Creating Google Hangouts With Apps via URL

January 13th 2015

If you’ve tried to make a Google Hangouts app, you probably already know that it sucks pretty badly. Famously terrible documentation, crazy bloated JavaScript, and mandated UX requirements. You also might know that you can craft a URL to open a new hangout without any of the bloat like so:

But what if you want to make a hangout with your app and set its app_type to ROOM_APP so that your app is loaded for everyone by default?

Well, some digging on the internet suggests that you can write a URL of the form


to open a new hangout session with your app loaded and data passed to it. Unfortunately, this does not set the app_type flag specified in Google’s initial app parameters API. The only way to do so at this time appears to be Google’s official platform.js API to render an “Official G+ Hangouts Button”.

Fuck that.

There’s a bunch of reasons you might not want to play nice, but before going further you should take note of the Google buttons policy. Yes, they have an official policy on buttons. It’s a bit murky about whether you are allowed to programatically generate links to create Hangouts sessions, but the thrust of the policy is mostly about not misleading users and not snooping their data, so I assume this is mostly fine.

Reverse Engineering the Hangouts Button

Google’s example for generating a hangouts button via the JS API is:'placeholder-rr', {
    render: 'createhangout',
    initial_apps: [{
      app_id:     '184219133185',
      start_data: 'dQw4w9WgXcQ',
      app_type:   'ROOM_APP'

which renders a button that, when clicked on, briefly opens a window with this URL:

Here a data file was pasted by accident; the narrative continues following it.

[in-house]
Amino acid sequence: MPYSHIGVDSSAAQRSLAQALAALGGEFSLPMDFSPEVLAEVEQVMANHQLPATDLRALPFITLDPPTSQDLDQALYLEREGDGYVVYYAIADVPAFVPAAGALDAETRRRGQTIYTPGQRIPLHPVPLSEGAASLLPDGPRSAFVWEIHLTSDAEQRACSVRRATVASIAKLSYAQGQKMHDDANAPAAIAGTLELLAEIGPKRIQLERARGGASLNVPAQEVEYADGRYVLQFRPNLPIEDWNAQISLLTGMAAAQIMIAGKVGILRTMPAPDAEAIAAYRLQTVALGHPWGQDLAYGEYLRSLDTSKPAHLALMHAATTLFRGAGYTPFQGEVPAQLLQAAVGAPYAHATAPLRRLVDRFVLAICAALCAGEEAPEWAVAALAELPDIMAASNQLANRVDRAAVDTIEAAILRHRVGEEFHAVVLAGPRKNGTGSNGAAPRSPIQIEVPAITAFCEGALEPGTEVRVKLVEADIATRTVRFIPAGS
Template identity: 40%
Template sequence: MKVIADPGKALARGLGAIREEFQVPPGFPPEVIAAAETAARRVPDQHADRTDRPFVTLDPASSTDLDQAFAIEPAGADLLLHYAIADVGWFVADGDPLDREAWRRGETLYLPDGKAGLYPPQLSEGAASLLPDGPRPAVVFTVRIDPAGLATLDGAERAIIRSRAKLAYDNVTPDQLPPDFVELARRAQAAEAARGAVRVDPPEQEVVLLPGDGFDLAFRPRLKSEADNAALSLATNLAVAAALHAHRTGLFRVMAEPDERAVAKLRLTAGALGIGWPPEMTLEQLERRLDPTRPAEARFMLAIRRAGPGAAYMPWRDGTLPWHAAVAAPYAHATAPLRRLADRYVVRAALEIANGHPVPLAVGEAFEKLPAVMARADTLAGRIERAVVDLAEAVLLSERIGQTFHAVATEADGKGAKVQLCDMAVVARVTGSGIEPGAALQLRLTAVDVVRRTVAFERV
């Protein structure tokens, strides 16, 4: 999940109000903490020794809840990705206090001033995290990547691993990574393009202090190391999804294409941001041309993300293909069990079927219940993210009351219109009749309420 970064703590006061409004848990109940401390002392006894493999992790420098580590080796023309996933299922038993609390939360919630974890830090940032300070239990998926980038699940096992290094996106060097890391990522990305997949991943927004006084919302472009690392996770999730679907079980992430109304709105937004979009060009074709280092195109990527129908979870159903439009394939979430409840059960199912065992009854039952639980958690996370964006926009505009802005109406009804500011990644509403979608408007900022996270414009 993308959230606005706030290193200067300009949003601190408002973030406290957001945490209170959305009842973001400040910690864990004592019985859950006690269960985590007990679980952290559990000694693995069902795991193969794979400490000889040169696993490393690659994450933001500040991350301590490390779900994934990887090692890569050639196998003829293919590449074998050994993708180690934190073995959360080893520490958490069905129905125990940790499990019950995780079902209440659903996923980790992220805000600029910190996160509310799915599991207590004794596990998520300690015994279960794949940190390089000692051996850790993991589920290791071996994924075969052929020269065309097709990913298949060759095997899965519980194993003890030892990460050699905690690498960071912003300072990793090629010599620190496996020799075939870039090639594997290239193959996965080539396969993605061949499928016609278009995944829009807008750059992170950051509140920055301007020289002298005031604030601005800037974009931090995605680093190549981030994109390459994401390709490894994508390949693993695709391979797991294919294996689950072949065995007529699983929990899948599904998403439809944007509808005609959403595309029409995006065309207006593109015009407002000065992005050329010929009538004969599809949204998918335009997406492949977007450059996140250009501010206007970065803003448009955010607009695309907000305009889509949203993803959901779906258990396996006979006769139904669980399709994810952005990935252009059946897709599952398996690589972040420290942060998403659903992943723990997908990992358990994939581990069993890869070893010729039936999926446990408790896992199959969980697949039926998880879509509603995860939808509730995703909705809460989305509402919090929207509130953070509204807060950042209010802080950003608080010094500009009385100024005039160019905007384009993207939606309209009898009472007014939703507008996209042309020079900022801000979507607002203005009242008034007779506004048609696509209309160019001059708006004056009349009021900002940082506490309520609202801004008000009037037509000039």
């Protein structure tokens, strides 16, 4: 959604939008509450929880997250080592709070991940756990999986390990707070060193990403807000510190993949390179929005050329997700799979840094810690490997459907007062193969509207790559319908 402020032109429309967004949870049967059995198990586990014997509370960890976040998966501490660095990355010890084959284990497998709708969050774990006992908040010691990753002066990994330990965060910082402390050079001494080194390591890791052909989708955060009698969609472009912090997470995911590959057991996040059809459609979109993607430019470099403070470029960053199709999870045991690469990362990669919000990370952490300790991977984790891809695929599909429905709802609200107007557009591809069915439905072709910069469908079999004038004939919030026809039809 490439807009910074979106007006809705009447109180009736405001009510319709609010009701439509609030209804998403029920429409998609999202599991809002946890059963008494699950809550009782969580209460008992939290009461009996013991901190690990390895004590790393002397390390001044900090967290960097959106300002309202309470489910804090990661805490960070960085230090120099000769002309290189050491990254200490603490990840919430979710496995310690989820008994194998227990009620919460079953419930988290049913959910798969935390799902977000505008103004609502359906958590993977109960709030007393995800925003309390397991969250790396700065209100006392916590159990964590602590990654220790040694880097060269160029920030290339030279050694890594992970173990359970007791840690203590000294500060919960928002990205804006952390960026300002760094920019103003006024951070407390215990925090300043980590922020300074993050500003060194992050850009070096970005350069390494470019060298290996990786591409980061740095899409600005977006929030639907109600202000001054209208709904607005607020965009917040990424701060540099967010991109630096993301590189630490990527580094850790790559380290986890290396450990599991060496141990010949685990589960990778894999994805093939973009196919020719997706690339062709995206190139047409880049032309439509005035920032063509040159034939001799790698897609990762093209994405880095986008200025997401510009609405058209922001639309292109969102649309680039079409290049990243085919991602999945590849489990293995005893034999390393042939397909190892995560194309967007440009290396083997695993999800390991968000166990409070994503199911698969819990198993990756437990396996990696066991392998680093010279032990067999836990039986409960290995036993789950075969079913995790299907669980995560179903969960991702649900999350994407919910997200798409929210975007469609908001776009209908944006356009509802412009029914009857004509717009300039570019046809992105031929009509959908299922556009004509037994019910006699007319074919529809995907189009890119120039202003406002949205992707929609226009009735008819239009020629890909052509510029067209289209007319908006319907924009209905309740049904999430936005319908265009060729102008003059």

which then redirects to a normal hangouts URL where your app is embedded as a full room app. Let’s break apart what’s going on here. The params in that URL are:

param | value
hl    | en
hcb   | 0
lm1   | 1421214770979
hs    | 92
hscid | 1421214770977081840
ssc   | WyIiLDAsbnVsbCxudWxsLG51bGwsW10sbnVsbCxudWxsLG51bGwsbnVsbCxudWx
      | sLDkyLG51bGwsbnVsbCxudWxsLFsxNDIxMjE0NzcwOTc5XSxudWxsLG51bGwsW1
      | 0sbnVsbCwiMTQyMTIxNDc3MDk3NzA4MTg0MCIsbnVsbCxudWxsLG51bGwsbnVsb
      | CxudWxsLG51bGwsbnVsbCxbXSxbXSxudWxsLG51bGwsbnVsbCxbXSxudWxsLG51
      | bGwsbnVsbCxbXSxudWxsLG51bGwsW1siMTg0MjE5MTMzMTg1IiwiZFF3NHc5V2d
      | YY1EiLDJdXV0.

hl seems obviously to be locale, and lb1 and hscid both seem to be timestamp-related. A bit of experimentation proves that everything works as long as ssc is included, so we can drop the rest of the params. But what is ssc?

It looks suspiciously like a Base 64 encoded blob, so we decode it:


This looks like a big serialized protobuf or something like it to me. Most of the fields are unused, and even the obvious timestamp fields are unnecessary. The following blob works just as well:


We’ve removed the timestamps and the magic number “92” (I have no idea what it’s for). All that we have left is the app ID, the initial data, and “2” to signify ROOM_APP. Erego, to create a URL to open a hangouts session to an app with APP_ID, INITIAL_DATA as a ROOM_APP in Ruby:

ssc_blob = '["",0,null,null,null,[],null,null,null,null,null,0,null,'\
BASE_URL + '?ssc=' + Base64.strict_encode64(ssc_blob)

It works, but no promises on for how long. Good luck out there.